Monday, May 11, 2009

The Best Version of the Bible is the One You Read

So what's the best version of the Bible?

I have been thinking about this more lately. My first response is that there is no best version. Ancient Greek and Hebrew do not translate perfectly into English- you either give up readability for accuracy (NASB) or accuracy for readability (The Message), or find some mid-point that is all-around unsatisfying (NIV).
This conclusion would suggest that you need two versions: one for reading, and one for study. If you have the opportunity to own two versions, this is the way to go!
However, this is an unsatisfactory answer. Once I was listening to message preached out of the NKJV by a man who expected us to follow in our KJVs. What's the point of turning to the references with him if we don't have the same translation?
I am not condemning his use of the NKJV. As a matter of fact, it may be said that the NKJV and KJV are so much alike, where is the issue? Nonetheless, it makes more sense in such a case to put down your Bible and just listen.
Many in the fundy-turned-reformed camp have flocked to the ESV. I liked the ESV at first too. However, once I bought a copy and started reading it regularly, I felt like it wasn't as readable as it ought to be. It is smooth overall but certain places it just- jars. Certainly, the ESV is much more readable than the NASB, and definitely more accurate than an NIV. Still, it isn't the holy grail.
So my gaze turned towards the NRSV. Oh noes! The liberal version! Some have said that the NRSV contains as much liberal bias as the ESV contains conservative bias. I personally feel it is a hybrid between the RSV and NASB. But- it reads very smoothly, very consistently. I have yet to run across a passage in the NRSV that I feel is wooden or jarring. It is amazing. It just reads really, really well.
Now here's the kicker. Would I trust it for study? I mean those times when interpretation comes down to the words. Maybe. Mostly I would look up a bunch of versions online and compare, maybe even check out a Greek lexicon on a particular word or tense, so it doesn't really matter.
What if I were trapped on a desert island with only one version? What would it be? You see here I am pressing the question.
I just want to open the Book and read. I mostly want to take in what the Scriptures say. I want them to be readable, accessible, and clear. I do not want language getting in the way.
I would pick the version that reads well for me without being too dynamic like some versions are (NLT, CEV, NCV, The Message). For me right now, that would be the NRSV. For you, it might be another version.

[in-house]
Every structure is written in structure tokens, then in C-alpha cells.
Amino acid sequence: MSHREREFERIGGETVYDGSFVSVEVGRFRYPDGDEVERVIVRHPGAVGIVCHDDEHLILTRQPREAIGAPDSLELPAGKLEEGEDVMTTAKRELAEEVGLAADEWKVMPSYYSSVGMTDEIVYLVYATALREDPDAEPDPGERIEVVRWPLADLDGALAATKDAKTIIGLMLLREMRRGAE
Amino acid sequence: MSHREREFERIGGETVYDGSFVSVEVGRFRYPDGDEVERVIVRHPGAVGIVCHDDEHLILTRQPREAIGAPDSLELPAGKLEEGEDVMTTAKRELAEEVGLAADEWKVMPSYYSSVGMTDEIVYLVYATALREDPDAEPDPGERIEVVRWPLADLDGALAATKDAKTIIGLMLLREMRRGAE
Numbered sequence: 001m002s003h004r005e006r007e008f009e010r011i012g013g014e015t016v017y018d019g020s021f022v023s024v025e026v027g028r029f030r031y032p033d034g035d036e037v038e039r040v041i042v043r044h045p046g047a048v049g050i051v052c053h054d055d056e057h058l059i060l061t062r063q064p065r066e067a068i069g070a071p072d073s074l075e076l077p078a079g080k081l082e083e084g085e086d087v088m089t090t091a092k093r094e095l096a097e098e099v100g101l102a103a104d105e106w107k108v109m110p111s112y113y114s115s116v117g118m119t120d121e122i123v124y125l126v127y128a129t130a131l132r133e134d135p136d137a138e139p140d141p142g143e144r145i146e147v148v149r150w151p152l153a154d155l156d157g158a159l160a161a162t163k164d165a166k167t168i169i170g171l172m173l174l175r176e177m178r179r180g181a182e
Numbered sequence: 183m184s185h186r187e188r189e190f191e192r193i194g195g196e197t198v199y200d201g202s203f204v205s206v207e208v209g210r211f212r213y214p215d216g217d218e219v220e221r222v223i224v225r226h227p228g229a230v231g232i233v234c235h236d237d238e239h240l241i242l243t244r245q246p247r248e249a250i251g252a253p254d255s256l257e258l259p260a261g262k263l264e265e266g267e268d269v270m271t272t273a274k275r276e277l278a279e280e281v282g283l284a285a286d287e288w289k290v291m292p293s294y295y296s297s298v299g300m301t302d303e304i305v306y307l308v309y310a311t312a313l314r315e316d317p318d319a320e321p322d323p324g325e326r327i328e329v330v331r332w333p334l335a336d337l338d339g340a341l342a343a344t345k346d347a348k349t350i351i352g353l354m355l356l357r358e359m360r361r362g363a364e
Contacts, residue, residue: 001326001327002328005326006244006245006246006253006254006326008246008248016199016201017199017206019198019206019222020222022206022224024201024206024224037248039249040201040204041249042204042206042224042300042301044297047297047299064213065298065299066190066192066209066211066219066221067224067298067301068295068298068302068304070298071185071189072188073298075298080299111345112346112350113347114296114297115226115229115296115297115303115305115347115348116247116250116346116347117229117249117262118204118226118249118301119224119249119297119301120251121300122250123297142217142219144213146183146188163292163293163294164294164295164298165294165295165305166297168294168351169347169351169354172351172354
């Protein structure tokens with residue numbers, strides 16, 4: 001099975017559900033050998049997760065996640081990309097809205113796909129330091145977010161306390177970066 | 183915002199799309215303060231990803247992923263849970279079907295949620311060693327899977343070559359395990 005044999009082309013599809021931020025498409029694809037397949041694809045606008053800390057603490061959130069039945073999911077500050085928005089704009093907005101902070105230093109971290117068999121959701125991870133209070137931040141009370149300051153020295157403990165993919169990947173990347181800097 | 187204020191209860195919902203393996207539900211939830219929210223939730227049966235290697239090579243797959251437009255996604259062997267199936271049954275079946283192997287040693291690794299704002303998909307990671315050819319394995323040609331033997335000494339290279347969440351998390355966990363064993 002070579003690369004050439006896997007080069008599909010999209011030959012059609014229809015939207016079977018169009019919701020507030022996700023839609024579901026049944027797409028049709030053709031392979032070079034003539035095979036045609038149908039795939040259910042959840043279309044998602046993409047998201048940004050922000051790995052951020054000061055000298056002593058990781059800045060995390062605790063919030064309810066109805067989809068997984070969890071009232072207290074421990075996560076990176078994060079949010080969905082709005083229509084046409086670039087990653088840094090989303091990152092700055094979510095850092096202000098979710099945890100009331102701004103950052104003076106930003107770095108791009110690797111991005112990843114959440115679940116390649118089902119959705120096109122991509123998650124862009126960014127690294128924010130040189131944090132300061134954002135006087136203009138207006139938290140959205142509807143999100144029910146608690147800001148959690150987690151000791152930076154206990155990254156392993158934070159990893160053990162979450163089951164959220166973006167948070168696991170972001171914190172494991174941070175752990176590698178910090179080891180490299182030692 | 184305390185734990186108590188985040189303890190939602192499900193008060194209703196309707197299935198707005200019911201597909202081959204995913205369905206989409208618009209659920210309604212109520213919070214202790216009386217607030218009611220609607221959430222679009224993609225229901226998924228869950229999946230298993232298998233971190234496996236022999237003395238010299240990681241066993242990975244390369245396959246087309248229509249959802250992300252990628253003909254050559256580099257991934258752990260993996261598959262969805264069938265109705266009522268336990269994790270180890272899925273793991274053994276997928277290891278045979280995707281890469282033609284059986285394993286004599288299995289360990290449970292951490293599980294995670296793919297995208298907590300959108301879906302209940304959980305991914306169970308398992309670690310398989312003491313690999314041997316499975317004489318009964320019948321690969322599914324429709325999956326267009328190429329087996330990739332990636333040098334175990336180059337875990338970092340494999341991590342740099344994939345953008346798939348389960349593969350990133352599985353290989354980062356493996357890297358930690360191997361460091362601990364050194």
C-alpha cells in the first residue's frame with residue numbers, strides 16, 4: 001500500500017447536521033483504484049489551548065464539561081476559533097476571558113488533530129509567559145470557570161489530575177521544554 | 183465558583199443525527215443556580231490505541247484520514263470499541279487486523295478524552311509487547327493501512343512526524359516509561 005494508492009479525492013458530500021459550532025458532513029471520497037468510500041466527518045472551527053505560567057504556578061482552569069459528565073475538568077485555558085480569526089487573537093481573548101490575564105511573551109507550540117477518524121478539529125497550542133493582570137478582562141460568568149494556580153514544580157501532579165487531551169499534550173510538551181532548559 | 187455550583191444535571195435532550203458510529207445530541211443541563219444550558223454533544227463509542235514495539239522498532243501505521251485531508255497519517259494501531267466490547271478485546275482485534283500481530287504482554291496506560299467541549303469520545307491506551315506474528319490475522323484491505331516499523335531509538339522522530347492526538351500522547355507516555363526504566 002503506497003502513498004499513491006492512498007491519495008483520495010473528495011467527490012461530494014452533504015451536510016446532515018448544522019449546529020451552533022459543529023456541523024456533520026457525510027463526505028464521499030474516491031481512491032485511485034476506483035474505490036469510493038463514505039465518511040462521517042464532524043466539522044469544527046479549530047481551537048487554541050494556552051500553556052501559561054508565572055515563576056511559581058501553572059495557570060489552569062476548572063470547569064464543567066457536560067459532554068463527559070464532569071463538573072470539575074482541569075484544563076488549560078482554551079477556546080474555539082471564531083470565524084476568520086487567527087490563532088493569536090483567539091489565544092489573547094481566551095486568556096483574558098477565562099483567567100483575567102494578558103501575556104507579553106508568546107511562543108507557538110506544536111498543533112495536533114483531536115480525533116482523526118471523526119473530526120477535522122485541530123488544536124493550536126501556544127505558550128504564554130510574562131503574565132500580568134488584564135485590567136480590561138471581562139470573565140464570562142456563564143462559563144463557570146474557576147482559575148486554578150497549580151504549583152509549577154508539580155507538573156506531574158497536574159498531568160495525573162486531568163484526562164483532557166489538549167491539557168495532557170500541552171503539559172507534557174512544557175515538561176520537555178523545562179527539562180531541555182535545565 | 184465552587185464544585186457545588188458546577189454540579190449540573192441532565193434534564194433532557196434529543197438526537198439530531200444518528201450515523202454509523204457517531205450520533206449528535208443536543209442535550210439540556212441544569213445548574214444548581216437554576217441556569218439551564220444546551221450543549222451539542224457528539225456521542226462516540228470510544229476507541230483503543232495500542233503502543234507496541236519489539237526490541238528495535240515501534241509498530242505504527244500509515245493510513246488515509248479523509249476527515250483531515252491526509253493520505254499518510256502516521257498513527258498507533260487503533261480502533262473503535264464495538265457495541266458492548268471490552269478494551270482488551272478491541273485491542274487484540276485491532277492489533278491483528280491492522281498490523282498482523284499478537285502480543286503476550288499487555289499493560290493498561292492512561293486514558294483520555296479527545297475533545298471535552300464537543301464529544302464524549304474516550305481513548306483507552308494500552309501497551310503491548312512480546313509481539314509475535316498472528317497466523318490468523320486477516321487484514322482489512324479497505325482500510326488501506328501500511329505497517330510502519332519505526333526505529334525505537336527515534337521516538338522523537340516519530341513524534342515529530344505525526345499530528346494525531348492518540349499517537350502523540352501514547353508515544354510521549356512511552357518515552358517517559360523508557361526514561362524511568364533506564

Whither the old King James? I am convinced, that the outdated language serves not to enlighten the reader, but to perpetuate whatever the teachers and preachers say it means. This is unfortunate. The King James can be very valuable, IF you have a solid understanding of the archaic terms and idioms used, AND if you allow the original languages and/or modern versions to help clarify some passages. However, the KJV is used in this way less and less anymore; those who don't vilify new versions are moving to them. KJV usage is becoming more and more restricted to the KJVO crowd, where the text will and has already begun to take on a life of its own. Ignorance of archaic forms and a severe dearth of exegetical preaching among KJVOs is causing this. The intellectual inbreeding of this crowd will ensure their eventual destruction.
Basically, there is no reason not to move from the KJV anymore, except for tradition's sake and/or to avoid offending a KJVO. If you have a problem with "deleted verses," get a NKJV. If your problem is that the new versions are too dynamic and free, get a NASB or an ESV. You and the rest of us deserve to understand the Scriptures and to enjoy them. All I know is that since I picked up a new version I WANT to read the Scriptures. Wouldn't you like to WANT to read the Bible? Try a few versions online (NKJV, NIV, ESV, NRSV) and see what works for you.

Reading is key! Study is secondary, but if you haven't been reading your Bible, maybe your version isn't working out for you?
Secondly, the following ideas might be killing your Bible reading:
1. I must read every day,
2. I must read it through in a year.
3. I must read a certain amount every day.

No you don't! Find a version that is clear and readable to you, then read some now and read some later. Let the Holy Spirit draw you to His Word.
Do you think other versions are no good? Don't bury your KJV in a napkin just because it isn't working for you, or flog yourself with endless chapters day after day because you feel you must. Go for the "usury" of a modern version, if that's how you see it. Get a little something, instead of a lot of nothing. What DO you think Jesus will say? "You never could stick with your KJV, but boy am I glad you didn't read any other version. You really stood up for the truth!" I don't think so!

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